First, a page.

3 Link Building Tactics That Could Harm Your Site
Backlinks have always played and continue to play an important part in search engine optimisation and website ranking. This is because these links pointing to your site act as a signal or indicator to search engines of a site’s quality or value. If lots of other sites are talking about and referencing your site then your site must be pretty good, right?
Needless to say, this was once commonly abused by sites trying to manipulate search rankings through all manner of link building schemes and tactics. Now, with Google taking an increasingly-stern stance on unethical link building practices and attempts to manipulate search engine rankings, some of the link building tactics which once worked to improve site rankings could now have the exact opposite effect. Here I’ve looked at some of the techniques which you should no longer be using if you want to achieve positive, sustainable rankings.
A word on Google Penguin
The biggest single effort Google has made to combat webspam through unnatural links or unethical link building tactics came in 2012 in the form of the Google Penguin algorithm update.
This update is now commonly referred to as “Penguin 1.0”, after numerous updates followed throughout 2012 and 2013. With Google’s continually refined Penguin algorithm, “gaming the system” through spammy links has rightly become a much harder task than it once was and strong, natural links have become more valued.
Here are a few common tactics of yesteryear which should now be completely avoided.
Listings on generic Link Directories
Link Directories are websites which exist purely to provide links to other sites and provide little or no value to users. Because of this, links from these sorts of sites are seen by search engines as spammy and unnatural. For example:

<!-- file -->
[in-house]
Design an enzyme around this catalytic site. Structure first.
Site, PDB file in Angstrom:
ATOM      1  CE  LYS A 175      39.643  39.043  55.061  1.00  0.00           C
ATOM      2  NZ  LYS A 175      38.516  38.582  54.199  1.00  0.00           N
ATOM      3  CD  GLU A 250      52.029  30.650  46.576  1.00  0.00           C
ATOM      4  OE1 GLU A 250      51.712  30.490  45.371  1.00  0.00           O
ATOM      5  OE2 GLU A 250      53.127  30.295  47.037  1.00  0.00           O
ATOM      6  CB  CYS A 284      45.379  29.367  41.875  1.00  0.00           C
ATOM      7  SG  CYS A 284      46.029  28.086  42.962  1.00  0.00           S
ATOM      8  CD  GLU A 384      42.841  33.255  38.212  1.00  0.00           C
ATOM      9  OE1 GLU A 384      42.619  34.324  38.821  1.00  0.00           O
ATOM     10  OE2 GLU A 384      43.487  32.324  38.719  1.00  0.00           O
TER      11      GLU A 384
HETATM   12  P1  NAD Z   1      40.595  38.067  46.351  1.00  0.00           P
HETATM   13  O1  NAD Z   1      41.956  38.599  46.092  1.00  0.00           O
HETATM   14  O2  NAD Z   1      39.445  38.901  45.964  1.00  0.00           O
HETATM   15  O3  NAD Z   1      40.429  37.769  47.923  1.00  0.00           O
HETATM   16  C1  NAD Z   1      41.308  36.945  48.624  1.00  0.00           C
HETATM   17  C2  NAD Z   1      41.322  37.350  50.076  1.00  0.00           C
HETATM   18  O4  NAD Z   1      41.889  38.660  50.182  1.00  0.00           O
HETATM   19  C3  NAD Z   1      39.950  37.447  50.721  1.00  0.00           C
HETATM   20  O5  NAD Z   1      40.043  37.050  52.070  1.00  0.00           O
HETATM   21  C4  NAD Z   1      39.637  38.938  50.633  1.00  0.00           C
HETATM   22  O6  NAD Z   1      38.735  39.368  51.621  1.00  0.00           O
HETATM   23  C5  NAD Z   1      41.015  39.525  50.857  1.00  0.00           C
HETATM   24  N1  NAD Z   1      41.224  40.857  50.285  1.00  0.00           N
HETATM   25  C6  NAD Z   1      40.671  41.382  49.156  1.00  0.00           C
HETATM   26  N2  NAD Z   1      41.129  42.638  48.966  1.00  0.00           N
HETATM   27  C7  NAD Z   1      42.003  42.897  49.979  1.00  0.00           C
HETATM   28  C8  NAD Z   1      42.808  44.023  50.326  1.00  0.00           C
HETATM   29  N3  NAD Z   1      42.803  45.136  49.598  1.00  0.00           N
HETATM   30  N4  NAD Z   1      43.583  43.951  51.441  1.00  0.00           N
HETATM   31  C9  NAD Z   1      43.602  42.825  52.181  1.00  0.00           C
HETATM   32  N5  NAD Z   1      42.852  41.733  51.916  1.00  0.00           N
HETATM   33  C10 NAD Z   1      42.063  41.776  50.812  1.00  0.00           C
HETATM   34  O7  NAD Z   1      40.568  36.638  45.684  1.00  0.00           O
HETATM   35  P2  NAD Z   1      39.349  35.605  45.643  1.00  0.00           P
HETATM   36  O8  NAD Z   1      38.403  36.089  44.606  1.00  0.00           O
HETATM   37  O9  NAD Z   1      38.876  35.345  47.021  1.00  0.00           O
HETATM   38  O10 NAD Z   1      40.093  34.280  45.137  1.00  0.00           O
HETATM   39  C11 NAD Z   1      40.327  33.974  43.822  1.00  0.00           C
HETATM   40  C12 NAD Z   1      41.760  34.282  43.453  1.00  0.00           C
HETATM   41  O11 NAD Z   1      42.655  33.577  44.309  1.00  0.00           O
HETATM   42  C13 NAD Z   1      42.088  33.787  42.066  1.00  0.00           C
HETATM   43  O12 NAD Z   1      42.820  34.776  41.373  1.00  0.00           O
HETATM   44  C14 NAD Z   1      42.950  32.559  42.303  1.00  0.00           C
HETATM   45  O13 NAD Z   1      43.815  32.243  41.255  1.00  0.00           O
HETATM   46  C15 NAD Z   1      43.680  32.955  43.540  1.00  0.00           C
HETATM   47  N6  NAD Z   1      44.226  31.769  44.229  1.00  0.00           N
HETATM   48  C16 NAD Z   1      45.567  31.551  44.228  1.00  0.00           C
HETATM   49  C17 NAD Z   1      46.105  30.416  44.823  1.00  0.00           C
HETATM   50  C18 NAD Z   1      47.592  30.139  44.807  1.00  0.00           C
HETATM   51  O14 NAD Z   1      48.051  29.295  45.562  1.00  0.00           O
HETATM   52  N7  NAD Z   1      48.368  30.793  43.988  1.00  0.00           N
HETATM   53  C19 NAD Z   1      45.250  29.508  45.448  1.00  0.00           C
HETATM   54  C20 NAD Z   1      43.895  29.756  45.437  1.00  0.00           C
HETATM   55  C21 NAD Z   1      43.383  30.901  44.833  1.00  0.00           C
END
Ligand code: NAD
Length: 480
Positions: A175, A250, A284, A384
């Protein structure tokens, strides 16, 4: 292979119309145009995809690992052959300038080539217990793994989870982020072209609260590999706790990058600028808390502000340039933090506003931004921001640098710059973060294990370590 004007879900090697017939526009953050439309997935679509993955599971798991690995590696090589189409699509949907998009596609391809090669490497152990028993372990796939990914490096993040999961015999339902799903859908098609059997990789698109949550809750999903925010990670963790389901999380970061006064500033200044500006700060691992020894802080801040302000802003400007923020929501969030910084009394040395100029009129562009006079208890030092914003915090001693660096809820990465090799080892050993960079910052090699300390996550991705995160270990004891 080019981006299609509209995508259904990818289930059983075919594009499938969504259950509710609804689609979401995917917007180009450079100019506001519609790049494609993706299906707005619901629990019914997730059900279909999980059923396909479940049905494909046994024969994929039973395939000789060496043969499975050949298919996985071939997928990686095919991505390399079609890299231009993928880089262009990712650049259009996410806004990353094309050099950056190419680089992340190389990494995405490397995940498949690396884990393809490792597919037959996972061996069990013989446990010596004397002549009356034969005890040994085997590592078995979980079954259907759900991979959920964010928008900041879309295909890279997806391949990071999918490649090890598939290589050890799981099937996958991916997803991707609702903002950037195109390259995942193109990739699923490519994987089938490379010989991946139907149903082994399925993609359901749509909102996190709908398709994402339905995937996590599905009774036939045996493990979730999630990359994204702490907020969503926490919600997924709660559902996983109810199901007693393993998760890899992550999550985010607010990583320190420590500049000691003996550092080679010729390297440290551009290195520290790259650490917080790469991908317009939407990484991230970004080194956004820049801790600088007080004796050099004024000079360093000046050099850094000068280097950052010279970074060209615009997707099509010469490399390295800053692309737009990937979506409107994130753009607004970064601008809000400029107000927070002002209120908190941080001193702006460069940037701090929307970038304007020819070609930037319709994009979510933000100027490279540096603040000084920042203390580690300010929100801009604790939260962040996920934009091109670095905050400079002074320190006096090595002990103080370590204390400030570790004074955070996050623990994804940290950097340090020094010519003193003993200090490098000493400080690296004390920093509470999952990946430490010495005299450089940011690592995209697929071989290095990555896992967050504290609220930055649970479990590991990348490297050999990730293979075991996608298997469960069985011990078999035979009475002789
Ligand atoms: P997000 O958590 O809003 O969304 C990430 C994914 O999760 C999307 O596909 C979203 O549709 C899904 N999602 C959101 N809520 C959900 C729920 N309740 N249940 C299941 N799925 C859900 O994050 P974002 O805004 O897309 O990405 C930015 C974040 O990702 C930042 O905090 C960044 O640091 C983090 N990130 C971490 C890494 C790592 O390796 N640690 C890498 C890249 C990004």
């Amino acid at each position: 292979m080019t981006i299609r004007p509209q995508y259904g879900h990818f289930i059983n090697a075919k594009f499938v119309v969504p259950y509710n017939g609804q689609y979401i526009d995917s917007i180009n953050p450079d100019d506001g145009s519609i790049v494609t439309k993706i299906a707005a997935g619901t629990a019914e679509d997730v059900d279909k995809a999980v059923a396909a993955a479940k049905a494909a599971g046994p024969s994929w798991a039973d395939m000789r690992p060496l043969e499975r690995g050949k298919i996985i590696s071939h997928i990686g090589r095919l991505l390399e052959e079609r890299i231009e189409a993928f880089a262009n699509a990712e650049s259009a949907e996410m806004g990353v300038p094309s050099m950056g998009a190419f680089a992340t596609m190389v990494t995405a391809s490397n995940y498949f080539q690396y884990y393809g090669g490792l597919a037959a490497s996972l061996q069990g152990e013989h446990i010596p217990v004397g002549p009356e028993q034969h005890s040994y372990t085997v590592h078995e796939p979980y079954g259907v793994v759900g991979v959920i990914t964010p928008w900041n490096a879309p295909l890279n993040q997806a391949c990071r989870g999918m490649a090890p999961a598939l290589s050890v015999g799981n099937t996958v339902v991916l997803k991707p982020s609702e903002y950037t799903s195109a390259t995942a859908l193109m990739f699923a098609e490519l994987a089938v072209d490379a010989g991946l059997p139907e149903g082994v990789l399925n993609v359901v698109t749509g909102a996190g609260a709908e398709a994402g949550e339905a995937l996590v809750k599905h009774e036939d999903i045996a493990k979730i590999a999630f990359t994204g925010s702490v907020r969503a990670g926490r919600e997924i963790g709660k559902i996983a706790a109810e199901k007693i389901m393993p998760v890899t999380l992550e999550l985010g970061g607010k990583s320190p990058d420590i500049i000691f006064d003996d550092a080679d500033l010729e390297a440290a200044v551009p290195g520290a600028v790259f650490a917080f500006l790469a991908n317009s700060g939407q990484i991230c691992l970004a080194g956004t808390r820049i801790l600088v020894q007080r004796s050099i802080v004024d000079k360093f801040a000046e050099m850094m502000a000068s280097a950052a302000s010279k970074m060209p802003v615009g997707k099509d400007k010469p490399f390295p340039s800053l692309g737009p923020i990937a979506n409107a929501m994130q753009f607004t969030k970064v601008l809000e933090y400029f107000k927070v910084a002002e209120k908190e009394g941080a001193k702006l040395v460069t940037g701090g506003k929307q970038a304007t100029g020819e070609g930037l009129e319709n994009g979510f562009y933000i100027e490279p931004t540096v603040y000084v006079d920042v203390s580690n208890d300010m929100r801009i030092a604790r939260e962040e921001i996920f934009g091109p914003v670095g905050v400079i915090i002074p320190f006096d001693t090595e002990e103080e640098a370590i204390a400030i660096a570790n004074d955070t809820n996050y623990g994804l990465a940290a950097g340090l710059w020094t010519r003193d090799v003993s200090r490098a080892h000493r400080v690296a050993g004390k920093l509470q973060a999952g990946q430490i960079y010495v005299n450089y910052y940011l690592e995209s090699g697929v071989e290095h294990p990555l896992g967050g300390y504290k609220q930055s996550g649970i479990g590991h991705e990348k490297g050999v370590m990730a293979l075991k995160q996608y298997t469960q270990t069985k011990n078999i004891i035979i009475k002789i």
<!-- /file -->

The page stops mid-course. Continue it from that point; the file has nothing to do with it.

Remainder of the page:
If you used a search engine optimisation agency or consultant before 2010 it is highly likely that your site is listed on these low-quality link directories, due to the great link value they once provided. As this is no longer the case, it’s essential that you no longer submit your site to these sorts of sites and get any of these links removed.
Followed site-wide links (a link from every page of a site designed to pass PageRank) used to be considered a good way to get a large number of backlinks pointing to a site quickly. However this is one of the primary targets of the Google Penguin update and is hugely devalued by Google. One site-wide link is enough to seriously damage your search engine rankings.
Site-wide links could include:
- Footer links
- Site-bar links
- Blog-roll links
- Header links
If these sorts of links are essential for navigation or usability and cannot be removed (such as a link from a “.com” site to the corresponding “.co.uk” site for UK users) then these must be nofollowed by adding a short piece of code to the hyperlink. This indicates to search engines that the link is purely for the user and is not designed to pass PageRank.
If a link has been paid for then it clearly is not a natural vote for your site and should not influence your organic search performance. This is a practice Google is particularly keen to wipe out and is becoming increasingly intelligent at identifying links that it believes have been paid for, whether that’s by transfer of funds or any other incentive.
The moral of the story here is to never pay for links. If you do choose to use “sponsored posts” or “advertorial features”, it is essential that the links are nofollowed as with site-wide links. You must also ensure the link is properly marked as “sponsored” and does not appear to manipulate visitors into believing the link or post is a natural reference.
Undo the damage before it is too late…
If you suspect you may have unnatural links pointing to your site which could be affecting your search engine rankings, please get in touch to find out about my backlink analysis and removal services.